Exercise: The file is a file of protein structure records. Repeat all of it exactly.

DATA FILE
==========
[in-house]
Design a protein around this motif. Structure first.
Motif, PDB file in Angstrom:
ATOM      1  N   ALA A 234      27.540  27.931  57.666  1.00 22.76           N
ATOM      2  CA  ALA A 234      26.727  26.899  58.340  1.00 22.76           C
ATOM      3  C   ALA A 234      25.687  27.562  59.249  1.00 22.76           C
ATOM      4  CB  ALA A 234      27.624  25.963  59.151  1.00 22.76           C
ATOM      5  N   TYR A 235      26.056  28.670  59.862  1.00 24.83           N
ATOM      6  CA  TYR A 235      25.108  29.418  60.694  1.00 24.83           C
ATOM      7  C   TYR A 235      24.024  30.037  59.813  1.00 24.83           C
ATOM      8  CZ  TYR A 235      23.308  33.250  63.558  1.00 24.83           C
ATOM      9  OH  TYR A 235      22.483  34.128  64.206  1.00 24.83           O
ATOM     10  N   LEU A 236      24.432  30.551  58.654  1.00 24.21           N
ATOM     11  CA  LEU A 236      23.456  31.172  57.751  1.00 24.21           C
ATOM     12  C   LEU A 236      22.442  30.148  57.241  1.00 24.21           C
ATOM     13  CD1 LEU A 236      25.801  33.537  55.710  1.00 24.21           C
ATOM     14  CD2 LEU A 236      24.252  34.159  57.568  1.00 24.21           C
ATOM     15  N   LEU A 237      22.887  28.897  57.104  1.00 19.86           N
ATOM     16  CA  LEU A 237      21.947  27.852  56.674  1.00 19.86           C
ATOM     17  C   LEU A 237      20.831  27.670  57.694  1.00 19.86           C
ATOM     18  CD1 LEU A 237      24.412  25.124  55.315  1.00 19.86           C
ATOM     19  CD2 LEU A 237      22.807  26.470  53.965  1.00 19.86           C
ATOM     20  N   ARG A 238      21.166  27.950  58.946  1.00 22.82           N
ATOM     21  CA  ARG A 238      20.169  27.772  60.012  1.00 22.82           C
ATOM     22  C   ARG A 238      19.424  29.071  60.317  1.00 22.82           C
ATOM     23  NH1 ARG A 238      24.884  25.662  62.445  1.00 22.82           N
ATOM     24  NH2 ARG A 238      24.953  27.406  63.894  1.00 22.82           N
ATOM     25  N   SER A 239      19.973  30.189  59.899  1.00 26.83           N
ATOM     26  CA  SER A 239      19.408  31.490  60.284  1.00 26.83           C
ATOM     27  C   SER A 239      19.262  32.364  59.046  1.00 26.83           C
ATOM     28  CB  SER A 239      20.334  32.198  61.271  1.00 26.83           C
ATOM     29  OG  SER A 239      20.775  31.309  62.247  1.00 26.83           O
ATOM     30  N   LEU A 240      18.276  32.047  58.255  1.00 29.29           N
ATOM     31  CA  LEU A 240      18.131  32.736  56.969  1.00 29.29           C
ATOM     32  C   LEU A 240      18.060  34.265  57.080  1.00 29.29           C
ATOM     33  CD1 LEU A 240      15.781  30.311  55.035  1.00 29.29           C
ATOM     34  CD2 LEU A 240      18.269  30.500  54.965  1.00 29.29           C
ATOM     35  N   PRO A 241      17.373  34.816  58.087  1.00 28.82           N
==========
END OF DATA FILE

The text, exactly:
[in-house]
Design a protein around this motif. Structure first.
Motif, PDB file in Angstrom:
ATOM      1  N   ALA A 234      27.540  27.931  57.666  1.00 22.76           N
ATOM      2  CA  ALA A 234      26.727  26.899  58.340  1.00 22.76           C
ATOM      3  C   ALA A 234      25.687  27.562  59.249  1.00 22.76           C
ATOM      4  CB  ALA A 234      27.624  25.963  59.151  1.00 22.76           C
ATOM      5  N   TYR A 235      26.056  28.670  59.862  1.00 24.83           N
ATOM      6  CA  TYR A 235      25.108  29.418  60.694  1.00 24.83           C
ATOM      7  C   TYR A 235      24.024  30.037  59.813  1.00 24.83           C
ATOM      8  CZ  TYR A 235      23.308  33.250  63.558  1.00 24.83           C
ATOM      9  OH  TYR A 235      22.483  34.128  64.206  1.00 24.83           O
ATOM     10  N   LEU A 236      24.432  30.551  58.654  1.00 24.21           N
ATOM     11  CA  LEU A 236      23.456  31.172  57.751  1.00 24.21           C
ATOM     12  C   LEU A 236      22.442  30.148  57.241  1.00 24.21           C
ATOM     13  CD1 LEU A 236      25.801  33.537  55.710  1.00 24.21           C
ATOM     14  CD2 LEU A 236      24.252  34.159  57.568  1.00 24.21           C
ATOM     15  N   LEU A 237      22.887  28.897  57.104  1.00 19.86           N
ATOM     16  CA  LEU A 237      21.947  27.852  56.674  1.00 19.86           C
ATOM     17  C   LEU A 237      20.831  27.670  57.694  1.00 19.86           C
ATOM     18  CD1 LEU A 237      24.412  25.124  55.315  1.00 19.86           C
ATOM     19  CD2 LEU A 237      22.807  26.470  53.965  1.00 19.86           C
ATOM     20  N   ARG A 238      21.166  27.950  58.946  1.00 22.82           N
ATOM     21  CA  ARG A 238      20.169  27.772  60.012  1.00 22.82           C
ATOM     22  C   ARG A 238      19.424  29.071  60.317  1.00 22.82           C
ATOM     23  NH1 ARG A 238      24.884  25.662  62.445  1.00 22.82           N
ATOM     24  NH2 ARG A 238      24.953  27.406  63.894  1.00 22.82           N
ATOM     25  N   SER A 239      19.973  30.189  59.899  1.00 26.83           N
ATOM     26  CA  SER A 239      19.408  31.490  60.284  1.00 26.83           C
ATOM     27  C   SER A 239      19.262  32.364  59.046  1.00 26.83           C
ATOM     28  CB  SER A 239      20.334  32.198  61.271  1.00 26.83           C
ATOM     29  OG  SER A 239      20.775  31.309  62.247  1.00 26.83           O
ATOM     30  N   LEU A 240      18.276  32.047  58.255  1.00 29.29           N
ATOM     31  CA  LEU A 240      18.131  32.736  56.969  1.00 29.29           C
ATOM     32  C   LEU A 240      18.060  34.265  57.080  1.00 29.29           C
ATOM     33  CD1 LEU A 240      15.781  30.311  55.035  1.00 29.29           C
ATOM     34  CD2 LEU A 240      18.269  30.500  54.965  1.00 29.29           C
ATOM     35  N   PRO A 241      17.373  34.816  58.087  1.00 28.82           N